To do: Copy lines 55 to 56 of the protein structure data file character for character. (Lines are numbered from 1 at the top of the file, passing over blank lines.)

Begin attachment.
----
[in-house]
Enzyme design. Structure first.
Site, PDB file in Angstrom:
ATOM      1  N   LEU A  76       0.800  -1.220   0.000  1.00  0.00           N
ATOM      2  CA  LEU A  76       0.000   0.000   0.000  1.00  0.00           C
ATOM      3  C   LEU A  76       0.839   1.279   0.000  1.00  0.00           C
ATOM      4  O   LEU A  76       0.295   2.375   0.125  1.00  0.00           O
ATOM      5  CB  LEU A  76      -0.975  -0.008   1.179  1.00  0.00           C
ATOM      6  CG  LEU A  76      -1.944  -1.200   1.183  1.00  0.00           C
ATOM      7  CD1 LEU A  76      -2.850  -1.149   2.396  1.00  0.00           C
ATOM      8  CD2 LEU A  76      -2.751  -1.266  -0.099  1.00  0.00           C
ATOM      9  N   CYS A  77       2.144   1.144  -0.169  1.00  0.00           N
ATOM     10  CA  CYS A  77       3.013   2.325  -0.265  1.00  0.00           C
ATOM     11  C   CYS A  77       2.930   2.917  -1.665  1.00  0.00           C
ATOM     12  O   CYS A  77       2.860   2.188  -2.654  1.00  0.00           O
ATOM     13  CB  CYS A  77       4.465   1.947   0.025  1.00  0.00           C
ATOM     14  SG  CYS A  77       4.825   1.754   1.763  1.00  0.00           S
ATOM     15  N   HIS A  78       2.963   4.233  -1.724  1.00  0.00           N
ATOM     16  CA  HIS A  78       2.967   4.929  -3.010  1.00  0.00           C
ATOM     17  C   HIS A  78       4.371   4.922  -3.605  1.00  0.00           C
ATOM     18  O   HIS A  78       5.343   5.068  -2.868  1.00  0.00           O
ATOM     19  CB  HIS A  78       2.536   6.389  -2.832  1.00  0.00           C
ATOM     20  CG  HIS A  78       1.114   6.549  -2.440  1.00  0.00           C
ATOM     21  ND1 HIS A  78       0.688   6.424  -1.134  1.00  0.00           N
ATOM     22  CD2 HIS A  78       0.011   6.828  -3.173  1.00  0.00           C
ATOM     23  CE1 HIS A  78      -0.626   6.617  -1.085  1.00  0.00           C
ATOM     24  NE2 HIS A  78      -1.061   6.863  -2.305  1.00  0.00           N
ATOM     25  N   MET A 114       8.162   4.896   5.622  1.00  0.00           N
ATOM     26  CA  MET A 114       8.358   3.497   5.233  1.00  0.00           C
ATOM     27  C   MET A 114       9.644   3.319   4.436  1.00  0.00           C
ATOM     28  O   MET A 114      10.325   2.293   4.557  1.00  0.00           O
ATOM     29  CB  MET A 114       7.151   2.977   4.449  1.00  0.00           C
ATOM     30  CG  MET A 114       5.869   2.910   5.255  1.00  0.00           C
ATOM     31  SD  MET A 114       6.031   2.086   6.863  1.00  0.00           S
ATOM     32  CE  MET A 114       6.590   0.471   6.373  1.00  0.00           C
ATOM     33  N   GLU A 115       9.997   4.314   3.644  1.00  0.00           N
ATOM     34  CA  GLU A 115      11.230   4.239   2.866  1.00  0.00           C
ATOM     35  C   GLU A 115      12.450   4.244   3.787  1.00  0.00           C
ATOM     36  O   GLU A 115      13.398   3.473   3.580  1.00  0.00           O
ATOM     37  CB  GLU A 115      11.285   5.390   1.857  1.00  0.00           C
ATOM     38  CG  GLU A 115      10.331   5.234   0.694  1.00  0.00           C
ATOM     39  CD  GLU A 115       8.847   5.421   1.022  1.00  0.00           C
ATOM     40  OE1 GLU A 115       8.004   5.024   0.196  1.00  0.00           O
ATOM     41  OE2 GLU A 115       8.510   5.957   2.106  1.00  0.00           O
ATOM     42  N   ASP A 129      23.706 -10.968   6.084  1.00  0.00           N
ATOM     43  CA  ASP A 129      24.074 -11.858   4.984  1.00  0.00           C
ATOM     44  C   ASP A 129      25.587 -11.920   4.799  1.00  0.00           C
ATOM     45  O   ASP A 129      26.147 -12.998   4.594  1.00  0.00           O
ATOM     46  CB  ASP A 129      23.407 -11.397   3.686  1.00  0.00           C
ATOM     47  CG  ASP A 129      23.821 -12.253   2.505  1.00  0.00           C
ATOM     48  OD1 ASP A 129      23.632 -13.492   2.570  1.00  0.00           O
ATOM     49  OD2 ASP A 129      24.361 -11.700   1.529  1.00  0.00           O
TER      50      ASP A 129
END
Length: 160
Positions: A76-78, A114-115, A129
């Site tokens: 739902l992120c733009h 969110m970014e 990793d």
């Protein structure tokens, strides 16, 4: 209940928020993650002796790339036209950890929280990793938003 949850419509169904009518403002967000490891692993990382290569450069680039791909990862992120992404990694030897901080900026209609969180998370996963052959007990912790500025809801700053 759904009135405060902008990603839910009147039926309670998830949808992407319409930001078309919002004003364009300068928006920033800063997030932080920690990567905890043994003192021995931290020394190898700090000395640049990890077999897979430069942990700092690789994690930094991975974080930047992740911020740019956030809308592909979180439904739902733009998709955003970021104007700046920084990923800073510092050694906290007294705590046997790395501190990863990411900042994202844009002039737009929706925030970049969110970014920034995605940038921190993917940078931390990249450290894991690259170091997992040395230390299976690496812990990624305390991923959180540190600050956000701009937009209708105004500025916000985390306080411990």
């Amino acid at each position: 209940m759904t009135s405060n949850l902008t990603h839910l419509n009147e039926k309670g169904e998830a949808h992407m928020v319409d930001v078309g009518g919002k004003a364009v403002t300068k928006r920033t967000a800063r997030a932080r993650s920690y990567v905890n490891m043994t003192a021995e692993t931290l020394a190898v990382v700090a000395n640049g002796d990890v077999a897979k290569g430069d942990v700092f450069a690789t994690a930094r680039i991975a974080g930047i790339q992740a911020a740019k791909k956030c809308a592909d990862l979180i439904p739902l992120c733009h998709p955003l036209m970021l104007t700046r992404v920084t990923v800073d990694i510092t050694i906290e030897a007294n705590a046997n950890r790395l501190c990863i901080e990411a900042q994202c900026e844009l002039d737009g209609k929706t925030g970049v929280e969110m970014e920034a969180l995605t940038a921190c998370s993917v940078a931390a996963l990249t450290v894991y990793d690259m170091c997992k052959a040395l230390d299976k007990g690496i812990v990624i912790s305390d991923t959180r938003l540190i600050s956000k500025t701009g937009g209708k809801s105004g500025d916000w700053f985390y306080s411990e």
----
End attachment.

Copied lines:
Length: 160
Positions: A76-78, A114-115, A129